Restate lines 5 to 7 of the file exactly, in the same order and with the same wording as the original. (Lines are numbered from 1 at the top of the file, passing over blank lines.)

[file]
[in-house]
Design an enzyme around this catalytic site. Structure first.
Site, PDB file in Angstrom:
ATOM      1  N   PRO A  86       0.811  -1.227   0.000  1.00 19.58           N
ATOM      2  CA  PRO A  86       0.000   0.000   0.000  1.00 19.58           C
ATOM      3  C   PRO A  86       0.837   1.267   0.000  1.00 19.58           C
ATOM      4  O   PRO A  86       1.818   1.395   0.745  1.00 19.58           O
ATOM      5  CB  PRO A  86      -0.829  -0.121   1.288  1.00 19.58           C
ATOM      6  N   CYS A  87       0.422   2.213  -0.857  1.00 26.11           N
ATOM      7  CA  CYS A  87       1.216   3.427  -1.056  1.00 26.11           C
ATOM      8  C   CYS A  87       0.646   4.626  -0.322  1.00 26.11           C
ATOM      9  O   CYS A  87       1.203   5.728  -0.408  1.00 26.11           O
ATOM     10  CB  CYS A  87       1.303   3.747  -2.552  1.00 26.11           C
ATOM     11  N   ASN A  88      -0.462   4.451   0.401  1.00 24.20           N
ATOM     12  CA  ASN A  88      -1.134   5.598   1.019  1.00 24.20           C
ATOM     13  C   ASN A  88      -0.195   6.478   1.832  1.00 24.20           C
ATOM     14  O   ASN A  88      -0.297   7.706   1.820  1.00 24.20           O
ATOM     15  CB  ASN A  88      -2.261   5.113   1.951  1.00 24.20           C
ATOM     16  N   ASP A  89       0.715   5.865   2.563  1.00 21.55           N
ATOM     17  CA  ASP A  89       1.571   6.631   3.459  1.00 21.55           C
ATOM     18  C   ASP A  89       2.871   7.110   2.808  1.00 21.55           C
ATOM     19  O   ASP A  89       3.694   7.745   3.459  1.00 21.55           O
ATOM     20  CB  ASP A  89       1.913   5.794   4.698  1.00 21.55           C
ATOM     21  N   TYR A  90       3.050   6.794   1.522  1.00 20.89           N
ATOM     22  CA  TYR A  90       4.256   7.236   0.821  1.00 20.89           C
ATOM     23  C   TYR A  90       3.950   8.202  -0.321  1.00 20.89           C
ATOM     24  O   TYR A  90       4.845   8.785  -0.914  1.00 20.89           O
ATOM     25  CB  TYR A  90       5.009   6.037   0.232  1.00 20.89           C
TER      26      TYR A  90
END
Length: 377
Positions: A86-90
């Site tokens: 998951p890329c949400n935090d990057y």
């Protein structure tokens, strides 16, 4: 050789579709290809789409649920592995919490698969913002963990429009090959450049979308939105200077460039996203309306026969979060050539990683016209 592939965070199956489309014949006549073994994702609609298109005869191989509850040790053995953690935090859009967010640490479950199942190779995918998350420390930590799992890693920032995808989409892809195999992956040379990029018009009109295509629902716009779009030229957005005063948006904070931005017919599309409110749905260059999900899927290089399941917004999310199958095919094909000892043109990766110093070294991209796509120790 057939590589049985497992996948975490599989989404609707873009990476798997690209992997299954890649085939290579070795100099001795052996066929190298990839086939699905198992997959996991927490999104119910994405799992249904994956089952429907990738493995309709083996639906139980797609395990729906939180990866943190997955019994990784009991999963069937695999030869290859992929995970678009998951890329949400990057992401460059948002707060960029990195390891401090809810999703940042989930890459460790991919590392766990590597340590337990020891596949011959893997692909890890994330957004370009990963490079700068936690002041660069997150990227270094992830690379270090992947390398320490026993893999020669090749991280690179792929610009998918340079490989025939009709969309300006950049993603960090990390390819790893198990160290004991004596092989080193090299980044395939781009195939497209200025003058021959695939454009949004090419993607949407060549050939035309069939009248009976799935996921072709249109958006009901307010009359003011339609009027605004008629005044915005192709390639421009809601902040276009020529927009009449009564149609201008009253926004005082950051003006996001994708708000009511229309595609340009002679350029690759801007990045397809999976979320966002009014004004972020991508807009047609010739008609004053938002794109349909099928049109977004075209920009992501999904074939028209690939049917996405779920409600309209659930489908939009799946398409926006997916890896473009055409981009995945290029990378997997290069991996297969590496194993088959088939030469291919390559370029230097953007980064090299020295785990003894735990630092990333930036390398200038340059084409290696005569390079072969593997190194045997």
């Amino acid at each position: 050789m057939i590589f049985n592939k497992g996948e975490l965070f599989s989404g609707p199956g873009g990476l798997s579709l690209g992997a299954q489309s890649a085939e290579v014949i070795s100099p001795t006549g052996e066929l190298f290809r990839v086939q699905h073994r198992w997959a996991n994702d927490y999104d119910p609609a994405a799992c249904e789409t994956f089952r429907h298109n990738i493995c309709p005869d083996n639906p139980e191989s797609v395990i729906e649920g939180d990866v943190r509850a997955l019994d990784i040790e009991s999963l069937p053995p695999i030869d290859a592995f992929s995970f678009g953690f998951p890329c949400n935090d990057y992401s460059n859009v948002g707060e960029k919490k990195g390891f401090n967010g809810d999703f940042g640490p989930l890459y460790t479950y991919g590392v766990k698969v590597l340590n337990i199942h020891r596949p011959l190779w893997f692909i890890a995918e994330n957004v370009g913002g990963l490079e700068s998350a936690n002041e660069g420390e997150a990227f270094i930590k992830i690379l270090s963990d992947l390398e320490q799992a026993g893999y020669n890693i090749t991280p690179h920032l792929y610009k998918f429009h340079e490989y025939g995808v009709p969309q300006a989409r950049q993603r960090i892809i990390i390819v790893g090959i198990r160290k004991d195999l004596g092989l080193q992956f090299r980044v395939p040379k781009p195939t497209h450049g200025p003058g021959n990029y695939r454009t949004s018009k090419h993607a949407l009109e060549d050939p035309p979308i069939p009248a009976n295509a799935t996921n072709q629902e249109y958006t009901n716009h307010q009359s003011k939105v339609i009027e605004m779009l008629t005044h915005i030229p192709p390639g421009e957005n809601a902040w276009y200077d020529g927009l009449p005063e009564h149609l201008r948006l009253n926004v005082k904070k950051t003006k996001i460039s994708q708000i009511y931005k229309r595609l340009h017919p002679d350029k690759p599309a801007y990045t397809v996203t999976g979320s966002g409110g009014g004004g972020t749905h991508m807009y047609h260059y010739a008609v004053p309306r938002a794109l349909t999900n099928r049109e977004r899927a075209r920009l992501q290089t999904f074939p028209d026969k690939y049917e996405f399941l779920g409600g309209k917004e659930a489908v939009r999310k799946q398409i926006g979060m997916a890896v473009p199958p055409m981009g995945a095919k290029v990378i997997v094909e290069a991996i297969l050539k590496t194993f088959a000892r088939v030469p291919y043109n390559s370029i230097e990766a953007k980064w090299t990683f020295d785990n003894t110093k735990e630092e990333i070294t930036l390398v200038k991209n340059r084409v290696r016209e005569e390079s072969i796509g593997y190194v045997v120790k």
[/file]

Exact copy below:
ATOM      2  CA  PRO A  86       0.000   0.000   0.000  1.00 19.58           C
ATOM      3  C   PRO A  86       0.837   1.267   0.000  1.00 19.58           C
ATOM      4  O   PRO A  86       1.818   1.395   0.745  1.00 19.58           O